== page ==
Check-swing call sums up Padres' frustrating Game 3 loss

October 22nd, 2022

PHILADELPHIA -- The Padres were threatening. Trailing by two runs in the ninth, Josh Bell opened the inning with a single and Jurickson Profar had worked a full count against Phillies closer Seranthony Domínguez.

After Profar had fouled off one tough full-count pitch, Domínguez threw a fastball that was closer to Profar’s knees than the inside corner of the plate. Profar started to swing -- then stopped. And he was absolutely certain he’d done so in time.

Home-plate umpire Ted Barrett was less sure. So he asked third-base ump Todd Tichenor for help, and suddenly, the decisive moment in Game 3 of the National League Championship Series rested 120 feet away, in Tichenor’s hands.

Tichenor ruled that Profar went. Profar got heated and was promptly tossed. Citizens Bank Park exulted. And the Padres were on their way to a 4-2 loss on Friday night, dropping them into a 2-1 hole in the NLCS.

In the immediate aftermath, Profar was adamant:

“I didn’t go,” he said. “I didn’t swing.”

But the Padres’ left fielder was also quick to point out that one check-swing wasn’t the reason his team lost, noting simply, “We didn’t hit like we’re supposed to.”

And that about sums it up. The Padres put themselves in a position where they needed to catch a break in the ninth inning. They didn’t.

“We’ve just got to hit better,” Profar said. “We’ll just come back tomorrow, and try to win.”

Starter Joe Musgrove labored, while the offense squandered opportunities, finishing 0-for-7 with men in scoring position. And now, the Padres find themselves where they’ve been so often this season -- with their backs against the wall.

Friday marked the fourth Padres loss of the postseason. After each of the first three, they responded by winning the next game. They desperately need to do so in Game 4 on Saturday, when Mike Clevinger takes the ball. In AL/NL postseason history, only 14 teams (out of 91) have won a series after falling into a 3-1 hole.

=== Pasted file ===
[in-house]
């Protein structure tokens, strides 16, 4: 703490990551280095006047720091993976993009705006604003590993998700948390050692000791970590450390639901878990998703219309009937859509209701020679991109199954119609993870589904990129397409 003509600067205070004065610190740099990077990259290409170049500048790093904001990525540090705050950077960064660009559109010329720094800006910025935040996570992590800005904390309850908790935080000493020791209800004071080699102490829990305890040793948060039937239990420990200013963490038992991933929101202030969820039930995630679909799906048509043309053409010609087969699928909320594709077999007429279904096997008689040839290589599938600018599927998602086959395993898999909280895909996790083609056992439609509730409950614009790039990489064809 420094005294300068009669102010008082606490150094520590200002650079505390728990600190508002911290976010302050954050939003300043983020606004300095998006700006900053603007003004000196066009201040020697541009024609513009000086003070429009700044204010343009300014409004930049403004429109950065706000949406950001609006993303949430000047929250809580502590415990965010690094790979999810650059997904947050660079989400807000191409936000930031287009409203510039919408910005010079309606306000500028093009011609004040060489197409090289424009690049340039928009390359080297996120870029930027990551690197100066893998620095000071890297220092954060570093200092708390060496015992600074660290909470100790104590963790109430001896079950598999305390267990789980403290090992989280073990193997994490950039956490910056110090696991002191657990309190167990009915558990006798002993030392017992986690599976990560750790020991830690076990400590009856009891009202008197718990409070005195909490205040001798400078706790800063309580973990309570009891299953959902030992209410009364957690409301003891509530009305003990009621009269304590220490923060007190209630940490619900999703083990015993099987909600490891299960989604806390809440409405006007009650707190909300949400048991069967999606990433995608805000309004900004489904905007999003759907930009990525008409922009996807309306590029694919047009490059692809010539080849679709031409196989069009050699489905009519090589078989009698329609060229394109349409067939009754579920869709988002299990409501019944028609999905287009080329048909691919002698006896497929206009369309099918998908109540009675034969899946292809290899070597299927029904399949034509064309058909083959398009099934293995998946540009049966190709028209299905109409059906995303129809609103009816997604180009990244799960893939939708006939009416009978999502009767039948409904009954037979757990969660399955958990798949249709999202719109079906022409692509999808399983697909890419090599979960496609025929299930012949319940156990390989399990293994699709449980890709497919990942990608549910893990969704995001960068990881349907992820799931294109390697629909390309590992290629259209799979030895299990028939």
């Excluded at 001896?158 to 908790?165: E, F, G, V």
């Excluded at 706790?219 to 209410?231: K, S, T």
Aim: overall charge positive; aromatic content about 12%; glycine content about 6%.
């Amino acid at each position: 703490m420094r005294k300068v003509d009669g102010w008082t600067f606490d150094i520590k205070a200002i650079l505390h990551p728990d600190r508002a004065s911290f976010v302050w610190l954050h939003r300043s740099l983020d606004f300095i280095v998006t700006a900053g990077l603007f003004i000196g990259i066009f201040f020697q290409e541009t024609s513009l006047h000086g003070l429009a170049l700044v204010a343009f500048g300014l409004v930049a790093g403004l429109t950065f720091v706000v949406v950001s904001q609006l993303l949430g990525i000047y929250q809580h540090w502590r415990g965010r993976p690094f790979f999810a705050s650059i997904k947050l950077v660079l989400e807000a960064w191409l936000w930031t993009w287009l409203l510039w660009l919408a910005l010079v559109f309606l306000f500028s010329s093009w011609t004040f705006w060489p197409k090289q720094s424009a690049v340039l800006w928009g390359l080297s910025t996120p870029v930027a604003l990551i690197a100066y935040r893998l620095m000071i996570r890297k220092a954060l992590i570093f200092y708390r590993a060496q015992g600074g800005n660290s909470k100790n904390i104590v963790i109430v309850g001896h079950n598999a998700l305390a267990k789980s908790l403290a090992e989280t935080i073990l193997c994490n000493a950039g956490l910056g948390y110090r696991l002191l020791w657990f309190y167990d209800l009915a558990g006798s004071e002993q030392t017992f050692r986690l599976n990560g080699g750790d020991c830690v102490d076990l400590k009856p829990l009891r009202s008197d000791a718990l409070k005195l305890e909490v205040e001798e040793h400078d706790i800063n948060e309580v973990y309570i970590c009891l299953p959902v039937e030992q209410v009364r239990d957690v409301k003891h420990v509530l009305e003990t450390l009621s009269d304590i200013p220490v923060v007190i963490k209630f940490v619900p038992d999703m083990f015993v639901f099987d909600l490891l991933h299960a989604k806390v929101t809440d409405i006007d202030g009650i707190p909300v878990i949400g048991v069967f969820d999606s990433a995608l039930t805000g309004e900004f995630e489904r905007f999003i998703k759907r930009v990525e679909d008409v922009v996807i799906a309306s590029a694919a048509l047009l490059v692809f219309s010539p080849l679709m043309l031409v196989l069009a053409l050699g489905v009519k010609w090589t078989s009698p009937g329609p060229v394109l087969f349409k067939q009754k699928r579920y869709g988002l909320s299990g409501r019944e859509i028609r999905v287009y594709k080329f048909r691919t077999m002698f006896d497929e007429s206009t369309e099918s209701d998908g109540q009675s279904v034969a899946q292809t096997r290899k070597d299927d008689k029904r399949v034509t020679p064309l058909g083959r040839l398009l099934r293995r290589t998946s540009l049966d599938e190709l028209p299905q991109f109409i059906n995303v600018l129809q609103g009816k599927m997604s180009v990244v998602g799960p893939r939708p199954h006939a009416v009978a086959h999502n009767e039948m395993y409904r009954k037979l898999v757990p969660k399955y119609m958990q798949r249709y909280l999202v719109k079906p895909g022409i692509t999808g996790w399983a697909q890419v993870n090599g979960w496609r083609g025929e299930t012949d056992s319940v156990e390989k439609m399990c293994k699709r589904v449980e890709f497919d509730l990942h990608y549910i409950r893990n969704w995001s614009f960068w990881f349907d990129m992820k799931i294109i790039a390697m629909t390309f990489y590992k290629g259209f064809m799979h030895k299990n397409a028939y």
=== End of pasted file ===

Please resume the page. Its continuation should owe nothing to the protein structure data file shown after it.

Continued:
“We’ve just got to come in and bring it tomorrow,” said Padres catcher Austin Nola. “Put everything into winning one game. That’s all it is: Win one game.”

The Padres sure had their chances to steal Game 3. But Musgrove was victimized by two-strike hits, unable to find his putaway breaking pitches for much of the night. He allowed four runs over 5 2/3 innings.

Jean Segura gave the Phillies a 3-1 lead in the fourth when he reached for a Musgrove slider that was well off the plate, swatting a two-out, two-run single to right-center. The Padres clawed a run back in the fifth and had a chance to tie it in the sixth, when manager Bob Melvin went to his top bench bat, pinch-hitting Bell for Wil Myers with men on the corners and one out.

But Bell bounced into an inning-ending double play. In the bottom half, Nick Castellanos and Alec Bohm hit consecutive doubles off Musgrove, making it 4-2, and the Padres wouldn’t get any closer than that.

“Really hard time getting a consistent feel for anything,” Musgrove said. “I feel like I limited the damage really well for how I felt. I had a hard time commanding. It was just, ultimately, a lack of execution.”

The final three frames featured no scoring, but they were quite eventful, nonetheless. The Phillies called for lefty setup man José Alvarado earlier than anticipated, and after his scoreless seventh inning, Juan Soto opened the eighth with a shift-beating single.

That’s when Philadelphia manager Rob Thomson called on closer Domínguez for a six-out save.

“He's been locked in,” Thomson said. “He's pitched in the biggest parts of the game and done a great job. The moment doesn't get to him. Both him and Alvarado have been unbelievable throughout the entire playoffs.”

Perhaps that’s the silver lining for the Padres. They made the Phillies’ two best relievers work hard on the first day of a stretch that could potentially see five games in five days.

Then again, that would’ve made a ninth-inning rally all the more valuable. Had Profar reached via walk, the Padres would’ve had the tying runs aboard with nobody out.

“Go back and look at it, maybe the bat didn't get out there,” Melvin said. “It's a close call, a tough one. … It's a big moment, obviously. That's two out, nobody on.”

And then it wasn’t. Profar flipped his bat and started toward first base, before he noticed the call. He dropped into a crouch in anguish, then flung his helmet and gestured toward Tichenor. When Profar proceeded to kick his helmet toward the dugout, Barrett tossed him, much to the delight of the Philadelphia crowd.

Afterward, Profar acknowledged that his reaction was over the top, but in the heat of the moment, he struggled to control himself.

"We play with emotion,” he said. “We don't play soft. We play to win, and I play with emotion. ... Maybe I could've done better, yes, but it happened.”

From there, Trent Grisham popped out, then Nola struck out to end the game, and the Padres’ backs were right back against the wall.